Few passages of scripture cause more controversy among evangelical Christians than Rev. 20:1-10, in which John mentions a 1,000-year period six times. The main point of debate is whether the “millennium” should be understood literally or figuratively.
Generally, those who believe the 1,000 years are literal and in the future are called premillennialists. They look for Christ to return and establish a “millennial kingdom,” or a reign of 1,000 years, after which He puts down Satan’s final revolt, resurrects and judges unbelievers (Christians are judged before the millennium), and creates new heavens and a new earth.
Those who believe Christ is returning after the millennium are called postmillennialists. The 1,000 years are not necessarily a literal time frame, but they represent a period during which much of the world turns to faith in Jesus.
Those who see all references to the 1,000 years as figurative and without merit as a reference point concerning the timing of the Lord’s return are called amilllennialists.
There is diversity within each of these camps as to the order of events surrounding the second coming.
Regardless of where you stand on the issue, it’s important to follow a biblical principle for exploring tough passages: Start with the simple and straightforward teachings of scripture, and seek to understand the difficult passages in the light of the simpler ones.
With that in mind, let’s rally around 10 simple truths regarding the return of Jesus.
Thank you, Missouri Baptists, for enthusiastically supporting the MBC’s new apologetics ministry. Over the last year, I have been privileged to speak or lead workshops in many churches across the state to help Christians “earnestly contend for the faith” (Jude 3).
Topics have ranged from “How do I know the Bible is true?” to “What do false prophets have in common?”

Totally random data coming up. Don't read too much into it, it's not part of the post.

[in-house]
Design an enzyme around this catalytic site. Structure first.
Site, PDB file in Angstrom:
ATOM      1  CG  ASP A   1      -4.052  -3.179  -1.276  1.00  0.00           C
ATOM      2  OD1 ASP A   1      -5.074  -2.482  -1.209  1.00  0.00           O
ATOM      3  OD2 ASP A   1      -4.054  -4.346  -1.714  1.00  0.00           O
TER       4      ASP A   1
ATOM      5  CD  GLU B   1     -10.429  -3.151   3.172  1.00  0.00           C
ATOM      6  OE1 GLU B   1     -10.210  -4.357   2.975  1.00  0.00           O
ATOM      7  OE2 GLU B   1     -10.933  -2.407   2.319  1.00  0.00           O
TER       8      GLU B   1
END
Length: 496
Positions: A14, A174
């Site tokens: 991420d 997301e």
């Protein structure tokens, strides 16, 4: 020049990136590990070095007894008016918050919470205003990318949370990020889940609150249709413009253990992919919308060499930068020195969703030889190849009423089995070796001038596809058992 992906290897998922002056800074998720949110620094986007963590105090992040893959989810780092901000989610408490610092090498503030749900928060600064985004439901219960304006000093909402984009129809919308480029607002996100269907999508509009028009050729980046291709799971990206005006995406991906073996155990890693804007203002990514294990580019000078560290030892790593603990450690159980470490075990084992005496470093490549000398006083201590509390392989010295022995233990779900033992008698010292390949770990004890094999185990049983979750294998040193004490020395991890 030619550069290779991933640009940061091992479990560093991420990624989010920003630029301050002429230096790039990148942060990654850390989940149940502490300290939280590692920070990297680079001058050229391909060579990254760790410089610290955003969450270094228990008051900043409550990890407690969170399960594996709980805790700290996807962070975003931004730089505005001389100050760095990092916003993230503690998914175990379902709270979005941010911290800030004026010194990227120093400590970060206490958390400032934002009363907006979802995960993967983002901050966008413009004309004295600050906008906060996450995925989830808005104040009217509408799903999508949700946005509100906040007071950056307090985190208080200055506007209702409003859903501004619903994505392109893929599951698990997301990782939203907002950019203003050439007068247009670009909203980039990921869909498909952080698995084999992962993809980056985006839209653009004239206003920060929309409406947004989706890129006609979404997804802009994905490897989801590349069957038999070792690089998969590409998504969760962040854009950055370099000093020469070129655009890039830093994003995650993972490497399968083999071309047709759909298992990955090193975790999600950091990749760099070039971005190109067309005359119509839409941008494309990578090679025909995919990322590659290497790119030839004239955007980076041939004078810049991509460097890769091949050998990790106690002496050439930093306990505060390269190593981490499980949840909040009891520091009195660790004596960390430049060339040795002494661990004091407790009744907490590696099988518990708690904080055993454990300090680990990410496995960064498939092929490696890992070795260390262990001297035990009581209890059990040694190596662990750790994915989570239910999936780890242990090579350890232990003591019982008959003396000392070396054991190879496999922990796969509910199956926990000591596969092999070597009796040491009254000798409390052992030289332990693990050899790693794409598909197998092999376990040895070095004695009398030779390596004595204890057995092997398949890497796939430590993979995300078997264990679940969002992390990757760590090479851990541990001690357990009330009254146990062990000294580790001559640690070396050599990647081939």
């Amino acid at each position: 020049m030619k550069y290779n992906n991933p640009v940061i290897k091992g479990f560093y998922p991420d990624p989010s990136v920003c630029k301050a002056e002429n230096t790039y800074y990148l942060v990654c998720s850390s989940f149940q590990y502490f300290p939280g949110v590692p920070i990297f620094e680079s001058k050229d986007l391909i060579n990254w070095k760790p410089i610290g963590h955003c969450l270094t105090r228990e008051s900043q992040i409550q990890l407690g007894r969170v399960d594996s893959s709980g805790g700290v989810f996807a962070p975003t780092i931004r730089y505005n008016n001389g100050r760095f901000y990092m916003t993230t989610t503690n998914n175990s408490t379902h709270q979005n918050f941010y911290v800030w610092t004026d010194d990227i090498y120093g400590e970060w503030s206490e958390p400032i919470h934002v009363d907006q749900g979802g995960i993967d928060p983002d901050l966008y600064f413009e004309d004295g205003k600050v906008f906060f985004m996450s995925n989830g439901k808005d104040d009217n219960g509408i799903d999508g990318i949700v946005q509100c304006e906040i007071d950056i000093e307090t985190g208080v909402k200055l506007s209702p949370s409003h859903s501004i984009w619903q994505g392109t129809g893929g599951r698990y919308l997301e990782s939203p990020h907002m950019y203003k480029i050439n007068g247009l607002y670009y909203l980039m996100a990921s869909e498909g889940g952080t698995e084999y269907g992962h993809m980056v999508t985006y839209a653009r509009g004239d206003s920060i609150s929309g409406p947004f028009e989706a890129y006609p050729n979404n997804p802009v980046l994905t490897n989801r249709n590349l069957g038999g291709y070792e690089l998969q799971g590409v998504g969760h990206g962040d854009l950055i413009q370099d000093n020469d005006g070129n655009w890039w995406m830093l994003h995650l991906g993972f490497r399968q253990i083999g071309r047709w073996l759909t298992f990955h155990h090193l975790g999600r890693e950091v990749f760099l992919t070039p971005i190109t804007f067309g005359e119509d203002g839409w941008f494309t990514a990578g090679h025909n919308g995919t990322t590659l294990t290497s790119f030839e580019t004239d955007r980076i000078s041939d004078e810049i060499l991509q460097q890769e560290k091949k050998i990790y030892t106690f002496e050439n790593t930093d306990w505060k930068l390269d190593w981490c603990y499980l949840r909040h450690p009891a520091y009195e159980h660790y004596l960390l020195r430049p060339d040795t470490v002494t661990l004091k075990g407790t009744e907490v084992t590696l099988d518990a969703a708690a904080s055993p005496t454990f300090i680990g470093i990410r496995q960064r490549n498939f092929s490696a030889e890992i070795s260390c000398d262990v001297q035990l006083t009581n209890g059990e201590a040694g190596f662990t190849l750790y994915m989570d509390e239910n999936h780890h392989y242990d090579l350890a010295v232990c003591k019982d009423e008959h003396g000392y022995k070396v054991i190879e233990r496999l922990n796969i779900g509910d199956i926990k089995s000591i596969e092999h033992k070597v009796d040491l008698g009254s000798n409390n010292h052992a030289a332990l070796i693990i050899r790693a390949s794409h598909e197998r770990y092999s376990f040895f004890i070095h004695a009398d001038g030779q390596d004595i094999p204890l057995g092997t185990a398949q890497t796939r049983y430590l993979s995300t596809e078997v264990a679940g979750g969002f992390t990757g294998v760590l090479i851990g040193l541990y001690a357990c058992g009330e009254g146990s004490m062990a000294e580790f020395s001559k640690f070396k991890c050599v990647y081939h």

As many of you know, apologetics simply is “a reasonable defense of the Christian faith.” For followers of Jesus there has never been a more important time to know what we believe, why we believe, and how to share our faith with an increasingly skeptical world.
The apostle Peter urges us to “set apart the Messiah as Lord in your hearts, and always be ready to give a defense to anyone who asks you for a reason for the hope that is in you” (1 Peter 3:15).
The Bible instructs Christians to “always be ready to give a defense to anyone who asks you for a reason for the hope that is in you” (1 Peter 3:15). But with so many competing belief systems out there – from Wahhabism to Rastafarianism – it’s good to know where to go for help.
There are many outstanding books and web resources that may help you earnestly contend for the faith. Here are a few of my favorites.
On Mormonism. Mormonism 101 and Answering Mormons’ Questions, both by Bill McKeever and Eric Johnson, are excellent books that address key issues pertaining to the LDS Church in easy to understand language. McKeever’s website, www.mrm.org (Mormonism Research Ministry), is filled with helpful tools.
On Jehovah’s Witnesses. Ron Rhodes has put together a helpful book that provides biblical responses to questions from our friends in the Watchtower. It’s called Reasoning from the Scriptures with the Jehovah’s Witnesses. David Reed has authored two useful books: Jehovah’s Witnesses Answered Verse by Verse and Answering Jehovah’s Witnesses Subject by Subject.
In 1 Samuel 15:3 God commands King Saul: “Now go and attack the Amalekites and completely destroy everything they have. Do not spare them. Kill men and women, children and infants, oxen and sheep, camels and donkeys.”
Bible stories like this are fodder for atheists like Richard Dawkins, who writes in The God Delusion, “The God of the Old Testament is arguably the most unpleasant character in all fiction: jealous and proud of it; a petty, unjust, unforgiving control-freak; a vindictive, bloodthirsty ethnic cleanser; a misogynistic, homophobic, racist, infanticidal, genocidal, filicidal, pestilential, megalomaniacal, sadomasochistic, capriciously malevolent bully.”
Though less strident than Dawkins, other cynics struggle to see God as loving and merciful in light of such scriptures. So we must ask, “Is God a genocidal maniac?”
Popular television shows like “Ghost Adventures” use the latest technologies to “prove” that spirits of the dead are all around us – and want to make their presence known.
But is this true? The short answer is no. As Christians, we must gauge all truth claims by the Bible, the ultimate and unchanging measure of reality.